/mad"reuhs, meuh dras", -drahs"/, n.
1. a light cotton fabric of various weaves, esp. one in multicolored plaid or stripes, used for shirts, dresses, jackets, etc.
2. a thin curtain fabric of a light, gauzelike weave with figures of heavier yarns.
3. a large, brightly colored kerchief, of silk or cotton, often used for turbans.
4. made of or resembling madras.
[1825-35; named after MADRAS]

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      capital of Tamil Nadu state, India, on the Coromandel Coast of the Bay of Bengal.

      Madras is the shortened name of the fishing village Madraspatnam, where the British East India Company built a fort and trading post in 1639–40. At that time, the weaving of cotton fabrics was a local industry, and the English invited the weavers and native merchants to settle near the fort. By 1652 the factory of Fort St. George (Saint George, Fort) was recognized as a presidency (an administrative unit governed by a president), and between 1668 and 1749 the company expanded its control. About 1801, by which time the last of the local rulers had been shorn of his powers, the English had become masters of southern India, and Madras had become their administrative and commercial capital.

      Madras developed without a plan from its 17th-century core, formed by the fort and the Indian quarters. To the north and northwest are the industrial areas; the main residential areas are to the west and south, and the old villages are in the centre. The most distinctive buildings in the city are the seven large temples in the Dravidian style, situated in the sections of George Town, Mylapore, and Triplicane. Of the buildings of the British period, the Chepauk Palace and the University Senate House (both in the Deccan Muslim style) and the Victoria Technical Institute and the High Court buildings (both in the Indo-Saracenic style) are generally considered to be the most attractive. A number of modern high-rises have also been built.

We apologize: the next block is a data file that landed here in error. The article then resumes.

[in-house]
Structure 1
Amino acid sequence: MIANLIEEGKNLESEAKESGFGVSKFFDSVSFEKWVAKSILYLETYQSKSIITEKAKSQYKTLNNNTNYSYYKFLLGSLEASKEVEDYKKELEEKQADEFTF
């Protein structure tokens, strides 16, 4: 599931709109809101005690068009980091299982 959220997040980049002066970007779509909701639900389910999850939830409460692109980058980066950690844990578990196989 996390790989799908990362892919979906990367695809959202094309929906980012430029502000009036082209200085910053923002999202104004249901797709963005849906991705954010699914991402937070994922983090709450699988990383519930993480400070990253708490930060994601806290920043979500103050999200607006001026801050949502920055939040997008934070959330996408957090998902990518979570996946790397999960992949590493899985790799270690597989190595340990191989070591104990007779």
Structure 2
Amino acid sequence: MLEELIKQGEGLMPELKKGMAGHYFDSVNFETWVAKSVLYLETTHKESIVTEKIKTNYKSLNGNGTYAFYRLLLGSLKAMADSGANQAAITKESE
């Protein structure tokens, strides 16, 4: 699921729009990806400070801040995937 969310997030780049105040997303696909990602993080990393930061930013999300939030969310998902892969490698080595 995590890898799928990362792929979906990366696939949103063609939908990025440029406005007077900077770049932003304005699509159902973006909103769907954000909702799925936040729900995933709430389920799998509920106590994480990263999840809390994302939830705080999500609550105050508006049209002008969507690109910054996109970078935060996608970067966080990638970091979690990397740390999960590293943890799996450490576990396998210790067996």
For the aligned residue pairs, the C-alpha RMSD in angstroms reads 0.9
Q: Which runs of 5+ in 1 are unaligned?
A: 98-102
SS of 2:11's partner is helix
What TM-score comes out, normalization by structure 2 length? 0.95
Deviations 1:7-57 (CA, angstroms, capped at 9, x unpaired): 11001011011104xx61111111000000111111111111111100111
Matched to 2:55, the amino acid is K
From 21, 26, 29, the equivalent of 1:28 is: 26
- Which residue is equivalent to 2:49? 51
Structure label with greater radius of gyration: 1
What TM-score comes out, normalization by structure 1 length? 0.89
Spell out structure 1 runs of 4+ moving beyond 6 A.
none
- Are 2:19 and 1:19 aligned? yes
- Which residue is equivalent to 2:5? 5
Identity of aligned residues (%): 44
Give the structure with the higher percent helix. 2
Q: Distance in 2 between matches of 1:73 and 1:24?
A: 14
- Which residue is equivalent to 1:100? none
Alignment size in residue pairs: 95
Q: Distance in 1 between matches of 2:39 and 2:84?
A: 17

Industries include vehicle factories, an electrical-engineering firm, rubber and fertilizer factories, and a refinery. The main commodities exported from Madras are leather, iron ore, and cotton textiles. Wheat, machinery, iron and steel, and raw cotton are imported.

      There are numerous educational institutions in Madras. Professional education can be obtained in the state medical colleges, the colleges of engineering and technology, the College of Carnatic Music, the College of Arts and Crafts, and the teacher-training colleges. The city is also the site of the University of Madras (Madras, University of) (1857), which has several advanced centres of research. The Indian Institute of Technology, the Central Leather Research Institute, and the Regional Laboratories of the Council of Scientific and Industrial Research are other noteworthy scientific institutions.

      Cultural institutions include the Madras Music Academy, devoted to the encouragement of Carnatic music (the music of the historic region between the southern Coromandel Coast of the Bay of Bengal and the Deccan Plateau). The Kalakshetra is a centre of dance and music, and the Rasika Ranjini Sabha, in Mylapore, encourages the theatrical arts. The suburban town of Kodambakkam, with its numerous film studios, is described as the Hollywood of southern India. Three theatres—the Children's Theatre, the Annamalai Manram, and the Museum Theatre—are popular. The Madras Government Museum has exhibitions on the history and physical aspects of Tamil Nadu. There is a small collection of East India Company antiquities in the Fort Museum and a collection of paintings in the National Art Gallery. The government of Tamil Nadu officially changed the name of the city to Chennai in 1996. Pop. (2001) 4,343,645; urban agglom., 6,560,242.

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Universalium. 2010.

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